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Access 2007 for Dummies (For Dummies)by Laurie Ulrich Fuller
Synopses & Reviews
Reduce stress with timesaving database shortcuts
Explore database basics and build tables and reports that corral your data
Access has undergone an extreme makeover! Whether you've used one of the older versions or this is your first exposure to Access, here's where you'll find the essentials you need to make this database system work for you. Cruise around the new interface, team up Access with other Office applications, use wizards to automate your work, and much more.
Discover how to
* Previous For Dummies guides to Access have sold more than 1.1 million copies in six editions
* The radically retooled new Access version has a totally new interface, easier interactivity with Excel, and many other new features-which makes this plain-English guide indispensable for both new and veteran Access users
* Includes information designed for experienced Access users that explains exactly what's different in the new interface
* Features expanded coverage of power-user tools, which are easier to find and use in the new Access version
* Continues to provide accessible coverage of Access basics, from building databases to mining data
With Access getting a major overhaul in its look and usage, Access For Dummies will get a similar overhaul. The book will still feature the basics on building databases and mining data that have made the book a best seller for six editions. This edition will also contain material focusing on the new interface and how it differs from the classic Office interface. This edition will also feature more power user tools that are more easily found and used with the new version.
About the Author
Laurie Ulrich Fuller has been writing about and teaching people to use Microsoft Office since the 1980’s. Her teaching career goes back to the time before Microsoft Windows – which means she also remembers the first time she taught people to use a Windows-based application, and a student picked up the mouse and aimed it at the computer screen as though using a TV remote. Nobody laughed (except Laurie, after class), because everyone was new to the mouse back then. As new as the mouse was, so was the idea of keeping a database on a computer that could fit on your desk — and Laurie’s been there through every new version of Access — as Office has evolved to meet the needs of users from all walks of life — from individuals to huge corporations, from growing business to non-profit organizations.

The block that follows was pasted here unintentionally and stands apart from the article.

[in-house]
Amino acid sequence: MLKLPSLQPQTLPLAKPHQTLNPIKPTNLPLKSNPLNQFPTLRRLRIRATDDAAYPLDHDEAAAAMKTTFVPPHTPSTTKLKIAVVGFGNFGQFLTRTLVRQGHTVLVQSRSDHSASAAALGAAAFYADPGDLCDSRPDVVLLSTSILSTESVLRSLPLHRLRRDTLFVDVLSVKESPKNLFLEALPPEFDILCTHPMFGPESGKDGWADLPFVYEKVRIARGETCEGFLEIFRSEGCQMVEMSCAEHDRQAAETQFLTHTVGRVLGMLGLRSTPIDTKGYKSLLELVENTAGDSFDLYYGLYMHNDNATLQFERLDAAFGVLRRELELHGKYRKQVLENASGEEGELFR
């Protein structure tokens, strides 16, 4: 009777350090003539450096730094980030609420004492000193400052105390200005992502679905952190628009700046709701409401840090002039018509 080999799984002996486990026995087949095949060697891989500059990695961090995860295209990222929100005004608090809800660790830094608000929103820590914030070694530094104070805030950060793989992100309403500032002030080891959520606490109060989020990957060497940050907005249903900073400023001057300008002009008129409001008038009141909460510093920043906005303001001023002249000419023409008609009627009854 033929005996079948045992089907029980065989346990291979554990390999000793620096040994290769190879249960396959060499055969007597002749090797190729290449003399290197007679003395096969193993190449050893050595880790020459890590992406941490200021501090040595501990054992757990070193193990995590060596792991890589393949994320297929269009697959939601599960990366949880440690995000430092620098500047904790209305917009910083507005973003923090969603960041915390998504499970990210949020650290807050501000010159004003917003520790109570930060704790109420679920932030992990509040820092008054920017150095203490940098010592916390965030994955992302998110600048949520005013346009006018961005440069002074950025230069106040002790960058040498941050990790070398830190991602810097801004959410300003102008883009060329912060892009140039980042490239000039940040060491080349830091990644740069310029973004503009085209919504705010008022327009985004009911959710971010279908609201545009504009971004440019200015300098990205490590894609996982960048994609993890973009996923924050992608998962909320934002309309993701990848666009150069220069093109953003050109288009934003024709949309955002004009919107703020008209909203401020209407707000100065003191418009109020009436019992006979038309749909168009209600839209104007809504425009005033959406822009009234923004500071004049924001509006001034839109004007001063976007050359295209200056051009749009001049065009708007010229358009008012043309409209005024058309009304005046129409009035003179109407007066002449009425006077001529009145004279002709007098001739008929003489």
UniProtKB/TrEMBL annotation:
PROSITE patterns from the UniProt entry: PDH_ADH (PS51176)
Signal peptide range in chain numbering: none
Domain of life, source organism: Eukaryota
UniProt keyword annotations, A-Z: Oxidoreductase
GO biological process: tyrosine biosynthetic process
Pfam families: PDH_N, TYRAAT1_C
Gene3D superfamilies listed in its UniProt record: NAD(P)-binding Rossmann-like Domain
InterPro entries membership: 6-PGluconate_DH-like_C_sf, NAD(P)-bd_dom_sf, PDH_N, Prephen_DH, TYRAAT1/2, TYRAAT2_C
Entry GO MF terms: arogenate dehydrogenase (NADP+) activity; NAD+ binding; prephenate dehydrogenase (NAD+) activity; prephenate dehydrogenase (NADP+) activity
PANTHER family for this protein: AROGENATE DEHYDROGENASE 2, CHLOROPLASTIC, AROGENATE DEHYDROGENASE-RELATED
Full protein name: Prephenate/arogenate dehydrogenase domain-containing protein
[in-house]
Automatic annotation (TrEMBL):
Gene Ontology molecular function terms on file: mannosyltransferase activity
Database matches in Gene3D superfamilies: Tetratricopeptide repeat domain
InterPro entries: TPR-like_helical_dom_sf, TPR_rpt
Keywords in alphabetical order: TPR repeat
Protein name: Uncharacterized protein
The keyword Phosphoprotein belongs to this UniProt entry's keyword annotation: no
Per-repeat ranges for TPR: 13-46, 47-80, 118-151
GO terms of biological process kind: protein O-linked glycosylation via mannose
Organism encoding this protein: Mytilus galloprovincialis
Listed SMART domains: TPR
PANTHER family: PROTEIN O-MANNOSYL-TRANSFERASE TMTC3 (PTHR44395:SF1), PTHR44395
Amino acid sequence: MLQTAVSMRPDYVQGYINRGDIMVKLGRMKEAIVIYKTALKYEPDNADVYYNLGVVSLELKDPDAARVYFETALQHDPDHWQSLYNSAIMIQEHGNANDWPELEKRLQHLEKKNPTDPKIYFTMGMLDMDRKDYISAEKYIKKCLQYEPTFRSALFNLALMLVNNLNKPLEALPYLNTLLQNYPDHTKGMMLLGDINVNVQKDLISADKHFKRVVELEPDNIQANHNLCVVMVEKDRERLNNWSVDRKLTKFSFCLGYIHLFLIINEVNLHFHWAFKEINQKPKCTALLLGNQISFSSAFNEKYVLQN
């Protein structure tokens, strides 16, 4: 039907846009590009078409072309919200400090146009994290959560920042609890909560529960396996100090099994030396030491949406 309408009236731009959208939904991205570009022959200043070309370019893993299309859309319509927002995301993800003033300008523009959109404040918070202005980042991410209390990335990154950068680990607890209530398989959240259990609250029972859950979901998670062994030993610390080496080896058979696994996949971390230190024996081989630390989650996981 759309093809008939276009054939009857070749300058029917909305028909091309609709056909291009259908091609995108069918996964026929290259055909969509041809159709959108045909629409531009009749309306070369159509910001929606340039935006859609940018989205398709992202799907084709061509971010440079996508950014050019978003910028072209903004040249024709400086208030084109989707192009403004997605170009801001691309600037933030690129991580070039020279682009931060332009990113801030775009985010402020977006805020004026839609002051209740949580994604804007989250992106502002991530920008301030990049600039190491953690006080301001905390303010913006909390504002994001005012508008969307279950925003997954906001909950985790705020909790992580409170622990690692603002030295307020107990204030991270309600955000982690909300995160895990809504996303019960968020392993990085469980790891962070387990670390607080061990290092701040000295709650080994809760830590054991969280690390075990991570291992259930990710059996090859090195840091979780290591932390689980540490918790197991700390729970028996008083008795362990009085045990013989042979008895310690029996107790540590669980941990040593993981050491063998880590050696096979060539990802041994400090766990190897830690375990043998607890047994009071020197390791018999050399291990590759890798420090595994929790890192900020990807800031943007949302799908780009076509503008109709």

Since those early days of Office and Windows, Laurie has personally trained more than 10,000 people to make better, more creative use of their computers, has written and co-written more than 25 nationally-published books on computers and software — including several titles on Microsoft Office. In the last few years, she’s also created two video training courses — one on Word 2003, and the other on the entire Office 2003 suite. She runs her own company, Limehat & Company, offering training, educational materials, and web development services. She invites you to contact her at firstname.lastname@example.org, and to visit her personal website, www.planetlaurie.com, for more information.
Laurie would also like you to know that despite being able to remember the world before Windows, she does not remember a time before cars, television, or fire.
Ken Cook has built and managed a successful computer consulting business since 1990 serving clients in New Jersey, New York, Pennsylvania, and California. He began as a trainer - training numerous users (too many to count!) on a variety of software packages — specializing in Microsoft Office.
Currently, he “dabbles in training” but his main focus is creating expert Microsoft Office solutions and Microsoft Access database solutions for Fortune 500 and small business clients.
He can be contacted through his Web site www.kcookpcbiz.com or email: email@example.com.
John Kaufeld is a popular For Dummies author.
Table of Contents
Part I: Basic Training.
Chapter 1: Getting to Know Access 2007.
Chapter 2: Finding Your Way Around Access.
Chapter 3: Database Basics.
Part II: Getting It All on the Table.
Chapter 4: Keys, Relationships, and Indexes.
Chapter 5: Remodeling Your Data.
Chapter 6: What’s Happening Under the Table?
Part III: Data Mania and Management.
Chapter 7: Creating Data Forms.
Chapter 8: Importing and Exporting Data.
Chapter 9: Automatically Editing Data.
Chapter 10: Gather Locally, Share Globally.
Part IV: Ask Your Data, and Ye Shall Receive Answers.
Chapter 11: Fast Finding, Filtering, and Sorting Data.
Chapter 12: I Was Just Asking . . . For Answers.
Chapter 13: I’ll Take These AND Those OR Them.
Chapter 14: Queries That Think Faster Than You.
Chapter 15: Calculating with Your Data.
Part V: Plain and Fancy Reporting.
Chapter 16: Quick and Not-So-Dirty Automatic Reporting.
Chapter 17: Dazzling Report Design.
Chapter 18: Headers and Footers and Groups, Oh My!
Chapter 19: Magical Mass Mailings.
Part VI: More Power to You.
Chapter 20: Making It All Better with the Analyzer Tools.
Chapter 21: Hello! Creating an Interface to Welcome Data Users.
Part VII: The Part of Tens.
Chapter 22: Ten Common Problems.
Chapter 23: Ten Uncommon Tips.
Appendix: Getting Help.
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